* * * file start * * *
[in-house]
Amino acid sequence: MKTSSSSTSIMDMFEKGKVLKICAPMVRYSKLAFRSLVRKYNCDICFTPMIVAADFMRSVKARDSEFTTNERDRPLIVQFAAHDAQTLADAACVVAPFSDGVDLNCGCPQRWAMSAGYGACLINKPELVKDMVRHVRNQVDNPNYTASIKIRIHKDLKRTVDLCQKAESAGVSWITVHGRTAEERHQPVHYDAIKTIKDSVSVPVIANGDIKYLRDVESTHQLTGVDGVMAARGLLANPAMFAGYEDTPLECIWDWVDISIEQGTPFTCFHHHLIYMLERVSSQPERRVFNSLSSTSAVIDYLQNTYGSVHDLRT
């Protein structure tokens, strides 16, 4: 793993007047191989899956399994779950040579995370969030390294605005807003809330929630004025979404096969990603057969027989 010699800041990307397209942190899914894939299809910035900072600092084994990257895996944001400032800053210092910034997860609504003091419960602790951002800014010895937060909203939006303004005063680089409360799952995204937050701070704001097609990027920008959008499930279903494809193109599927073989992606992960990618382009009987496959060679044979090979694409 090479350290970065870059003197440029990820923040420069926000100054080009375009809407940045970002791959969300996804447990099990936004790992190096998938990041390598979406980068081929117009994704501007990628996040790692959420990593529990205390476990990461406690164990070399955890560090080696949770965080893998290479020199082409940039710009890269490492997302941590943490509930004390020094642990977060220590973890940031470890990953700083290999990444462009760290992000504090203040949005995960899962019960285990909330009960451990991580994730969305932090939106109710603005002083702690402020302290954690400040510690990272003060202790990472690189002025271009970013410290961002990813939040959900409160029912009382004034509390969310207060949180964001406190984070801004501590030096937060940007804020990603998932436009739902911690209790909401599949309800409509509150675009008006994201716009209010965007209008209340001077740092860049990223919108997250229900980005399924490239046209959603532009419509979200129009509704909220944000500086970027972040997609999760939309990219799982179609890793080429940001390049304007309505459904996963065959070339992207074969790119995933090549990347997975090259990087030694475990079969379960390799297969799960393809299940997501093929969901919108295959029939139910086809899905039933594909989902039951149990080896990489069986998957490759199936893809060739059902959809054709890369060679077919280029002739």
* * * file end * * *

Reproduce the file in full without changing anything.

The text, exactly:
[in-house]
Amino acid sequence: MKTSSSSTSIMDMFEKGKVLKICAPMVRYSKLAFRSLVRKYNCDICFTPMIVAADFMRSVKARDSEFTTNERDRPLIVQFAAHDAQTLADAACVVAPFSDGVDLNCGCPQRWAMSAGYGACLINKPELVKDMVRHVRNQVDNPNYTASIKIRIHKDLKRTVDLCQKAESAGVSWITVHGRTAEERHQPVHYDAIKTIKDSVSVPVIANGDIKYLRDVESTHQLTGVDGVMAARGLLANPAMFAGYEDTPLECIWDWVDISIEQGTPFTCFHHHLIYMLERVSSQPERRVFNSLSSTSAVIDYLQNTYGSVHDLRT
């Protein structure tokens, strides 16, 4: 793993007047191989899956399994779950040579995370969030390294605005807003809330929630004025979404096969990603057969027989 010699800041990307397209942190899914894939299809910035900072600092084994990257895996944001400032800053210092910034997860609504003091419960602790951002800014010895937060909203939006303004005063680089409360799952995204937050701070704001097609990027920008959008499930279903494809193109599927073989992606992960990618382009009987496959060679044979090979694409 090479350290970065870059003197440029990820923040420069926000100054080009375009809407940045970002791959969300996804447990099990936004790992190096998938990041390598979406980068081929117009994704501007990628996040790692959420990593529990205390476990990461406690164990070399955890560090080696949770965080893998290479020199082409940039710009890269490492997302941590943490509930004390020094642990977060220590973890940031470890990953700083290999990444462009760290992000504090203040949005995960899962019960285990909330009960451990991580994730969305932090939106109710603005002083702690402020302290954690400040510690990272003060202790990472690189002025271009970013410290961002990813939040959900409160029912009382004034509390969310207060949180964001406190984070801004501590030096937060940007804020990603998932436009739902911690209790909401599949309800409509509150675009008006994201716009209010965007209008209340001077740092860049990223919108997250229900980005399924490239046209959603532009419509979200129009509704909220944000500086970027972040997609999760939309990219799982179609890793080429940001390049304007309505459904996963065959070339992207074969790119995933090549990347997975090259990087030694475990079969379960390799297969799960393809299940997501093929969901919108295959029939139910086809899905039933594909989902039951149990080896990489069986998957490759199936893809060739059902959809054709890369060679077919280029002739």